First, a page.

One of my best friends in Khartoum is Paul, or as someone people like to call him “the other PhD student”. Paul has been in Sudan for ages and has really mastered the art of Sudanese greeting. I am too lazy to fully engage… But this is how it goes,
Hello Laura! How’s your condition?
My condition is fine. Thank you God! How is your condition?
My condition is fine. Thank you God! How is your family?
My family is good. Thank you God! How is your family?
My family is good. Thank you God! Everything good?
Everything is good. Thank you God! Everything good with you?
Yes, Everything is good. Thank you God! Anything bad?
No, nothing is bad. Thank you God. Anything bad with you?
No, nothing is bad. Thank you God. Are you a hundred percent?
I’m a hundred percent. Thank you God. Are you a hundred percent?
Yes, I am a hundred percent. Thank you God. Where have you been?
I have been around. Thank you God. Where have you been?
I have been around. Thank you God. What is the news?
Everything is good. Thank you God.
Yes, thank you God! Good. Well, I will see you later… if God wills it.
Yes, I’ll see you later… if God wills it.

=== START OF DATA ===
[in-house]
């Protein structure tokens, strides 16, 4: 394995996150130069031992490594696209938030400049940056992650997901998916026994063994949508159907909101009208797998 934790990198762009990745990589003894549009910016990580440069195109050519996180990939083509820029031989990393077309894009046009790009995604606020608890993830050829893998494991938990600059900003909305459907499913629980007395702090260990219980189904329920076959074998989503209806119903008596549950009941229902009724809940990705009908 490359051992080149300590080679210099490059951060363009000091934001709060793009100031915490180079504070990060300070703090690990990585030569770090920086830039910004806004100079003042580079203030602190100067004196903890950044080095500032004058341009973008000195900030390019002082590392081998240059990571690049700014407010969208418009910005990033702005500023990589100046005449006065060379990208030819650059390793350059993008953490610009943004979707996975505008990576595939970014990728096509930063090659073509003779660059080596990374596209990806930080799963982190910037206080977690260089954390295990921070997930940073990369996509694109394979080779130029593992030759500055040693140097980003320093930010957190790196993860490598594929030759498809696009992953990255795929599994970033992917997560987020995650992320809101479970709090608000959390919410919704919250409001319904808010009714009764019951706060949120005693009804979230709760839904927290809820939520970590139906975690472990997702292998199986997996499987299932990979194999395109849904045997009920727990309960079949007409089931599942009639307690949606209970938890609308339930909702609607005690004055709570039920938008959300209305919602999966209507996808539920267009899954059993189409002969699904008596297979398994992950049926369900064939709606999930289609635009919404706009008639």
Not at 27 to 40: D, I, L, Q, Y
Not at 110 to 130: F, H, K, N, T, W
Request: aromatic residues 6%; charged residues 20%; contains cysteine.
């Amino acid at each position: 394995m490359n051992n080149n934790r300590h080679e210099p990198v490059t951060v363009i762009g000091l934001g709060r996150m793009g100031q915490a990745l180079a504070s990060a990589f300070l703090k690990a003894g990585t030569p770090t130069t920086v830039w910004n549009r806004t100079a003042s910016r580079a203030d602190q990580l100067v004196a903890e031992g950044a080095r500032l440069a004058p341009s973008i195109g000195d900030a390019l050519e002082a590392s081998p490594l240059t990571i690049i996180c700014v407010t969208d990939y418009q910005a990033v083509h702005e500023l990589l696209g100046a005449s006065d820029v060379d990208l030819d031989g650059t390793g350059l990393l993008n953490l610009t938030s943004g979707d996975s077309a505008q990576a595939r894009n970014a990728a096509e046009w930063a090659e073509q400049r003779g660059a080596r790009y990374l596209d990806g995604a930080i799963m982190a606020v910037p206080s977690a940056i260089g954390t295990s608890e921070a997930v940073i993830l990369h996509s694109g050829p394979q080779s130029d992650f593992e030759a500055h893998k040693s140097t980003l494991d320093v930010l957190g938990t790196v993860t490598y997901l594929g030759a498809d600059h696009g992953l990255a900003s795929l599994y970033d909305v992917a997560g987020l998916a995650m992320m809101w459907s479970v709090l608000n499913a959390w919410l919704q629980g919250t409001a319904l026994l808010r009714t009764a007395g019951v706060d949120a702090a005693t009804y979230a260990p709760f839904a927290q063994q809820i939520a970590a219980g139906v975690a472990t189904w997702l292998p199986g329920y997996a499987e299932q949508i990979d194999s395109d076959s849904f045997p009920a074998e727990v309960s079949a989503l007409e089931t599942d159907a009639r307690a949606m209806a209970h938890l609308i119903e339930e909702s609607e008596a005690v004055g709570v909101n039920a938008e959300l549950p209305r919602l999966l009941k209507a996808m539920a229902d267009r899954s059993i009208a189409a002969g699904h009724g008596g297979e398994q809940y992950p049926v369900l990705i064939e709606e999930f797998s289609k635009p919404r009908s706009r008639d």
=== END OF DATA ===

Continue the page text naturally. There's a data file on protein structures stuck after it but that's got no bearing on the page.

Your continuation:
Now I know this seems comical in English, and slightly annoying when Paul and I insist on doing it every time we see each other, complete with multiple shoulder pats and serious facial expressions… but now that Paul has made it seem like a game, I am starting to be less lazy in my greetings with others. I have also noticed the difference it makes in people’s attitudes with me.
I used to try and get by with the bare minimum,
All in one breath, not waiting to hear their replies. But I have found the longer you take in greeting someone, the more friendly and helpful they are with you.
So now, whenever I see someone, I know I am about to kiss goodbye to five minutes of my life.
Good bye five minutes!
On the other hand, what’s the rush? I think that this drawn-out greeting came about because Sudan is so bloody hot and people do need to occasionally take a compulsory chill out. We might even say that saying hello is a form of Sudanese verbal yoga… You have to stop in your tracks, forget your haste and be overly polite to someone you may or may not like. It calms you down and shows that you are not too busy to say hello.
This is just one reason why Paul Fean is my PhD fieldwork guru…. Thank you God for putting Paul Fean in my life…